Right-to-left script

Type of writing system / From Wikipedia, the free encyclopedia

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In a Text_direction_RTLdown.svg right-to-left, top-to-bottom script (commonly shortened to right to left or abbreviated RTL, RL-TB or R2L), writing starts from the right of the page and continues to the left, proceeding from top to bottom for new lines. Arabic, Hebrew, Persian, Urdu, Kashmiri, Pashto, Uighur, Sorani Kurdish, Punjabi, and Sindhi are the most widespread R2L writing systems in modern times.

Ancient Chinese was written Text_direction_TDleft.svg top to bottom, right to left
The Hebrew language is still written Text_direction_RTLdown.svg right-to-left, top-to-bottom

Right-to-left can also refer to Text_direction_TDleft.svg top-to-bottom, right-to-left (TB-RL or vertical) scripts of tradition, such as Chinese, Japanese, and Korean, though in modern times they are also commonly written Text_direction_LTRdown.svg left to right (with lines going from top to bottom). Books designed for predominantly vertical TBRL text open in the same direction as those for RTL horizontal text: the spine is on the right and pages are numbered from right to left.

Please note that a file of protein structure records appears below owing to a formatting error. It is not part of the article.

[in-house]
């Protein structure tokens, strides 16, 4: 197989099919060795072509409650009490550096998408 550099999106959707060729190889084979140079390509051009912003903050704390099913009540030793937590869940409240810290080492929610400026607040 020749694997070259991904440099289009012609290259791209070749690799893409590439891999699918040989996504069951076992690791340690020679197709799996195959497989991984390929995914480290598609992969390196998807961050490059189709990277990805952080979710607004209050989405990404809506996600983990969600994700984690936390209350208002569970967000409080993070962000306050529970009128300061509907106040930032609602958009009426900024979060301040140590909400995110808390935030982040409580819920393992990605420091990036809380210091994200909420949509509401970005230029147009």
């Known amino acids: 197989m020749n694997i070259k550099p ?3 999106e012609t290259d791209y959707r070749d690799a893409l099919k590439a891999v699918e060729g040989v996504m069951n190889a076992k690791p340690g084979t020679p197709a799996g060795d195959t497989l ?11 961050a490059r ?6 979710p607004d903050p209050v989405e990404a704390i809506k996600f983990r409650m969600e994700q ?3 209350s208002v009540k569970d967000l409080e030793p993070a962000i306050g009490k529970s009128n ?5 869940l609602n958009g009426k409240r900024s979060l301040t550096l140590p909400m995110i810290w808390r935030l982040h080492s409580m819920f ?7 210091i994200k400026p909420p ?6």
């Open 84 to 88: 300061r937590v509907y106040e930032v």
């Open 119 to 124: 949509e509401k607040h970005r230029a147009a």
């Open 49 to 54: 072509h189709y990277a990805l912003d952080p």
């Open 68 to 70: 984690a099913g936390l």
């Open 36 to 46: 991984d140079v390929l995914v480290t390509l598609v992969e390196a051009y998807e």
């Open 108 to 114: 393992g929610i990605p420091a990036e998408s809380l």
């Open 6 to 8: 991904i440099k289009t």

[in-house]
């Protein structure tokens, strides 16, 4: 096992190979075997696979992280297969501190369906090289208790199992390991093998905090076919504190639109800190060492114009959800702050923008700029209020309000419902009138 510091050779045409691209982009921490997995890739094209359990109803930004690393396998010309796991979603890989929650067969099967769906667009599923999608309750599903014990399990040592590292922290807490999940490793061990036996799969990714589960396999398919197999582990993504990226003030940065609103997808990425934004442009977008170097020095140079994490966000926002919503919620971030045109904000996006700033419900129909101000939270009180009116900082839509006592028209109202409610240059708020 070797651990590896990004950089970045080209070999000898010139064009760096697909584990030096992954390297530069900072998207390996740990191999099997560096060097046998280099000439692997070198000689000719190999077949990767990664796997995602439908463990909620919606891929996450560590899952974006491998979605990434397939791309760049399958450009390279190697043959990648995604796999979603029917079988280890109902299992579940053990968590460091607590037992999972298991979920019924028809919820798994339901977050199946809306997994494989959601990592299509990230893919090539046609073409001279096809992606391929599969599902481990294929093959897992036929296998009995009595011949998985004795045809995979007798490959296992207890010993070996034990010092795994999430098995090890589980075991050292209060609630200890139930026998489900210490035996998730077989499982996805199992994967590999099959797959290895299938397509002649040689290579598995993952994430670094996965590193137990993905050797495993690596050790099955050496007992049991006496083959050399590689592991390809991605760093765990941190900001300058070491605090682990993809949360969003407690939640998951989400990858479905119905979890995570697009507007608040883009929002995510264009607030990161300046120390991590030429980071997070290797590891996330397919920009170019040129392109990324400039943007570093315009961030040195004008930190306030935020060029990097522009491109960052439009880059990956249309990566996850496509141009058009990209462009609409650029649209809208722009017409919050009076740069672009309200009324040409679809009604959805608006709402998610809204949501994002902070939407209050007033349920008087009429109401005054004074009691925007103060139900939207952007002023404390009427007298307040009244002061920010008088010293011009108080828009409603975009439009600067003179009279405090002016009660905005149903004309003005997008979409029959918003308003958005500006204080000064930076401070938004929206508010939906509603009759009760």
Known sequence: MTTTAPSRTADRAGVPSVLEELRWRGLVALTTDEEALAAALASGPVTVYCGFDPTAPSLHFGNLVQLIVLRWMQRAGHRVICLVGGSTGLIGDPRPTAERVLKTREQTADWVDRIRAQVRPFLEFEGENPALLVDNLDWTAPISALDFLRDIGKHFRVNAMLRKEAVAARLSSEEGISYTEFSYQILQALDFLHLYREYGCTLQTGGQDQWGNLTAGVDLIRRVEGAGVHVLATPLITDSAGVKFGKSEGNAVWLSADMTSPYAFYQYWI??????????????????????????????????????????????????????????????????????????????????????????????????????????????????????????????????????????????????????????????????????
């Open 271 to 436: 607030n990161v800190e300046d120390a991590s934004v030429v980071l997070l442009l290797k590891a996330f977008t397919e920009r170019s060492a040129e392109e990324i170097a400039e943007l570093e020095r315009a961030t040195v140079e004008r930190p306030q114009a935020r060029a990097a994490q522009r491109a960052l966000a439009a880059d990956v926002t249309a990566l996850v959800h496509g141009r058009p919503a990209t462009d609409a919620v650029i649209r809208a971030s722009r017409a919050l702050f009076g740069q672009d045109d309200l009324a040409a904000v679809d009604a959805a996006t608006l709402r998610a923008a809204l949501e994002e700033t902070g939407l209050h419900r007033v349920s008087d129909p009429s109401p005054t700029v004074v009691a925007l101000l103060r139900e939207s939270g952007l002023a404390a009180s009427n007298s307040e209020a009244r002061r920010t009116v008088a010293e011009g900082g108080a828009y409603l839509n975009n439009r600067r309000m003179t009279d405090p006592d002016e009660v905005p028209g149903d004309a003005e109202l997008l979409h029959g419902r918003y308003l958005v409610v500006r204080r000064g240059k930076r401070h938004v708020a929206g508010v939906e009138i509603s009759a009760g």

These scripts can be contrasted with many common modern Text_direction_LTRdown.svg left-to-right writing systems, where writing starts from the left of the page and continues to the right.

The Arabic script is mostly but not exclusively right-to-left; mathematical expressions, numeric dates and numbers bearing units are embedded from left to right.